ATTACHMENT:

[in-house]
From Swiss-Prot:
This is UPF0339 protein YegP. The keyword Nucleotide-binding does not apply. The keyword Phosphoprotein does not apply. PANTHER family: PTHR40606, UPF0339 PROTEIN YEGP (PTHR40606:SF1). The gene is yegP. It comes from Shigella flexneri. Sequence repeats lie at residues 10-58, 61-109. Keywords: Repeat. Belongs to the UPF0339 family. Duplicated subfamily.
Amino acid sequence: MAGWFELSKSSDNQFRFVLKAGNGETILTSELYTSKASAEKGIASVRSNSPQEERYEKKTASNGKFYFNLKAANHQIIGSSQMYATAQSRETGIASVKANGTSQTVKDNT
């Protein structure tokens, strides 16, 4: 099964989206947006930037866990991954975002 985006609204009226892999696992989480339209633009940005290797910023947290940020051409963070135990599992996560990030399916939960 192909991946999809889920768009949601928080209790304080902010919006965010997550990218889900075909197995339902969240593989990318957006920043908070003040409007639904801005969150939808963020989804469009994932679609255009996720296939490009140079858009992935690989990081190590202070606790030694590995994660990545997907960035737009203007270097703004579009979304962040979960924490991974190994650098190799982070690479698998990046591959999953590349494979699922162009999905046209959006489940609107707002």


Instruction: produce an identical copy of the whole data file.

[in-house]
From Swiss-Prot:
This is UPF0339 protein YegP. The keyword Nucleotide-binding does not apply. The keyword Phosphoprotein does not apply. PANTHER family: PTHR40606, UPF0339 PROTEIN YEGP (PTHR40606:SF1). The gene is yegP. It comes from Shigella flexneri. Sequence repeats lie at residues 10-58, 61-109. Keywords: Repeat. Belongs to the UPF0339 family. Duplicated subfamily.
Amino acid sequence: MAGWFELSKSSDNQFRFVLKAGNGETILTSELYTSKASAEKGIASVRSNSPQEERYEKKTASNGKFYFNLKAANHQIIGSSQMYATAQSRETGIASVKANGTSQTVKDNT
């Protein structure tokens, strides 16, 4: 099964989206947006930037866990991954975002 985006609204009226892999696992989480339209633009940005290797910023947290940020051409963070135990599992996560990030399916939960 192909991946999809889920768009949601928080209790304080902010919006965010997550990218889900075909197995339902969240593989990318957006920043908070003040409007639904801005969150939808963020989804469009994932679609255009996720296939490009140079858009992935690989990081190590202070606790030694590995994660990545997907960035737009203007270097703004579009979304962040979960924490991974190994650098190799982070690479698998990046591959999953590349494979699922162009999905046209959006489940609107707002």